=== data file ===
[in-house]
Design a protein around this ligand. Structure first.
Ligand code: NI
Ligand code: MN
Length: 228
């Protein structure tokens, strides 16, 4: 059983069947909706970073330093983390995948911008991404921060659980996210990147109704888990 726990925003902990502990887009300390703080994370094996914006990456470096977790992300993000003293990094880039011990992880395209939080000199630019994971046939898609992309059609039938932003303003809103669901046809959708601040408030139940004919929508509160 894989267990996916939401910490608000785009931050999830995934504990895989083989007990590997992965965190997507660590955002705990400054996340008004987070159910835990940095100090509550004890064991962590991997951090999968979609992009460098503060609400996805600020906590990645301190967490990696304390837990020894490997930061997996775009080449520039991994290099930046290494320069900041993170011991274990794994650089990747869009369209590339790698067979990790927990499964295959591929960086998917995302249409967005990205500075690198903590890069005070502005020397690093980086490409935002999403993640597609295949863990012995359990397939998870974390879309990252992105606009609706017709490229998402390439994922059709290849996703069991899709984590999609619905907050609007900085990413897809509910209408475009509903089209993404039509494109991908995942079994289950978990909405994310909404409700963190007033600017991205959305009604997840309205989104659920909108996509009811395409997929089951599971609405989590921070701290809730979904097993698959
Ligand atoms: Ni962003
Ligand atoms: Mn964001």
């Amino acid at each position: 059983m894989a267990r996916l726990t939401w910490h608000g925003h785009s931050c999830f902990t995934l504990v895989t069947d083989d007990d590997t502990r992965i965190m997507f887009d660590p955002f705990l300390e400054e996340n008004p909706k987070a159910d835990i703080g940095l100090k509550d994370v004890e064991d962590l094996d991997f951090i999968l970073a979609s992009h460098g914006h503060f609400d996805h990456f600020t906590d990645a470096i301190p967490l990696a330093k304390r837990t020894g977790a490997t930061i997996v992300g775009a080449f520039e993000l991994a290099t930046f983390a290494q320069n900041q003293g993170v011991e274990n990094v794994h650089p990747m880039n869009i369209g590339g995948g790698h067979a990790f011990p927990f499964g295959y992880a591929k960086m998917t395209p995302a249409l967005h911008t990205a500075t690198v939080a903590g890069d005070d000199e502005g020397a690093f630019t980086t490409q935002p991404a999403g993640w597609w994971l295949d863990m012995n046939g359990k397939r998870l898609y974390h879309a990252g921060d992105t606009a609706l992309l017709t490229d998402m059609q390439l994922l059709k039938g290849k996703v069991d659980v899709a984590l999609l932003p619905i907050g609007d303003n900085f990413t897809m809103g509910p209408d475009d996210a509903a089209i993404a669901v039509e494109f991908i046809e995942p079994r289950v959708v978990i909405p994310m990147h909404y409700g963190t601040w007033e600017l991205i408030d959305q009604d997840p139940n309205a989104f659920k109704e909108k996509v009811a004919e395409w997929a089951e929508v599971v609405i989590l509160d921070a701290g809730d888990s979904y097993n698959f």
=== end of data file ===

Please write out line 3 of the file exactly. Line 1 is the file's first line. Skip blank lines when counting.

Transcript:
Ligand code: NI